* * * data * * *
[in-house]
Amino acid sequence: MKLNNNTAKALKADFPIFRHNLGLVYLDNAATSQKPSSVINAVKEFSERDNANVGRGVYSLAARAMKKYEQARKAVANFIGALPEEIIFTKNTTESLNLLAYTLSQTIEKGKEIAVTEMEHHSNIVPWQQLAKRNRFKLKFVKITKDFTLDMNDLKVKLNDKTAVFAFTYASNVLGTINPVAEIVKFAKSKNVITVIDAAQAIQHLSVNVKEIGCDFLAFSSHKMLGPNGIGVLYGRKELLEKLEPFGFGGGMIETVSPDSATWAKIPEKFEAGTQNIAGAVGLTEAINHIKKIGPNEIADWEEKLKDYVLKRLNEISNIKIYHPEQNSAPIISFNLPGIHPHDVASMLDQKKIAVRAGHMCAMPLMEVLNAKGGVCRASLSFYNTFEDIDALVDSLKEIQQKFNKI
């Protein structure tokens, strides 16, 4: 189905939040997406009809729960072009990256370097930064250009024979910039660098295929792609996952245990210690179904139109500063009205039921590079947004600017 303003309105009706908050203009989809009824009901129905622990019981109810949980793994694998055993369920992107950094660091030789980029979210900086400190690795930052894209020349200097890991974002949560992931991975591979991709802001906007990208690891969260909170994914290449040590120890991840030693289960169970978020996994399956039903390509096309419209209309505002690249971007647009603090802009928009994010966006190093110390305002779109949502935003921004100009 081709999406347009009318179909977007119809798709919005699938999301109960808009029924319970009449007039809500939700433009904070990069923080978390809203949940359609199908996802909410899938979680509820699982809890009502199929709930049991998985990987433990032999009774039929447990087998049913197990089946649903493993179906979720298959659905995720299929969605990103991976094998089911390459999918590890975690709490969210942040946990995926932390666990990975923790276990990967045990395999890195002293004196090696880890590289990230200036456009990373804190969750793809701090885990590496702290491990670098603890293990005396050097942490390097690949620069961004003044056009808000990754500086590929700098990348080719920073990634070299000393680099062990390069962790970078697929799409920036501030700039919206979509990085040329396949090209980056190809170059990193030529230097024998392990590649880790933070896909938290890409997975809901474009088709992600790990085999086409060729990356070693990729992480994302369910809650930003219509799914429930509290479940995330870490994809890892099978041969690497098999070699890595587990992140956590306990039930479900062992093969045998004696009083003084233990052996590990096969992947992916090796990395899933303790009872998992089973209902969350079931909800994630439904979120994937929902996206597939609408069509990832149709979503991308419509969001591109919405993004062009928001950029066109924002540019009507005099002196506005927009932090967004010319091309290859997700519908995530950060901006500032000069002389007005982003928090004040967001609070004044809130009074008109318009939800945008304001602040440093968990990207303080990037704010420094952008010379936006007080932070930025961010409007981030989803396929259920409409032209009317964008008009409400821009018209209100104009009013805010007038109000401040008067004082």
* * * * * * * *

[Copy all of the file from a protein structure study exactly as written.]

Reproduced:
[in-house]
Amino acid sequence: MKLNNNTAKALKADFPIFRHNLGLVYLDNAATSQKPSSVINAVKEFSERDNANVGRGVYSLAARAMKKYEQARKAVANFIGALPEEIIFTKNTTESLNLLAYTLSQTIEKGKEIAVTEMEHHSNIVPWQQLAKRNRFKLKFVKITKDFTLDMNDLKVKLNDKTAVFAFTYASNVLGTINPVAEIVKFAKSKNVITVIDAAQAIQHLSVNVKEIGCDFLAFSSHKMLGPNGIGVLYGRKELLEKLEPFGFGGGMIETVSPDSATWAKIPEKFEAGTQNIAGAVGLTEAINHIKKIGPNEIADWEEKLKDYVLKRLNEISNIKIYHPEQNSAPIISFNLPGIHPHDVASMLDQKKIAVRAGHMCAMPLMEVLNAKGGVCRASLSFYNTFEDIDALVDSLKEIQQKFNKI
């Protein structure tokens, strides 16, 4: 189905939040997406009809729960072009990256370097930064250009024979910039660098295929792609996952245990210690179904139109500063009205039921590079947004600017 303003309105009706908050203009989809009824009901129905622990019981109810949980793994694998055993369920992107950094660091030789980029979210900086400190690795930052894209020349200097890991974002949560992931991975591979991709802001906007990208690891969260909170994914290449040590120890991840030693289960169970978020996994399956039903390509096309419209209309505002690249971007647009603090802009928009994010966006190093110390305002779109949502935003921004100009 081709999406347009009318179909977007119809798709919005699938999301109960808009029924319970009449007039809500939700433009904070990069923080978390809203949940359609199908996802909410899938979680509820699982809890009502199929709930049991998985990987433990032999009774039929447990087998049913197990089946649903493993179906979720298959659905995720299929969605990103991976094998089911390459999918590890975690709490969210942040946990995926932390666990990975923790276990990967045990395999890195002293004196090696880890590289990230200036456009990373804190969750793809701090885990590496702290491990670098603890293990005396050097942490390097690949620069961004003044056009808000990754500086590929700098990348080719920073990634070299000393680099062990390069962790970078697929799409920036501030700039919206979509990085040329396949090209980056190809170059990193030529230097024998392990590649880790933070896909938290890409997975809901474009088709992600790990085999086409060729990356070693990729992480994302369910809650930003219509799914429930509290479940995330870490994809890892099978041969690497098999070699890595587990992140956590306990039930479900062992093969045998004696009083003084233990052996590990096969992947992916090796990395899933303790009872998992089973209902969350079931909800994630439904979120994937929902996206597939609408069509990832149709979503991308419509969001591109919405993004062009928001950029066109924002540019009507005099002196506005927009932090967004010319091309290859997700519908995530950060901006500032000069002389007005982003928090004040967001609070004044809130009074008109318009939800945008304001602040440093968990990207303080990037704010420094952008010379936006007080932070930025961010409007981030989803396929259920409409032209009317964008008009409400821009018209209100104009009013805010007038109000401040008067004082």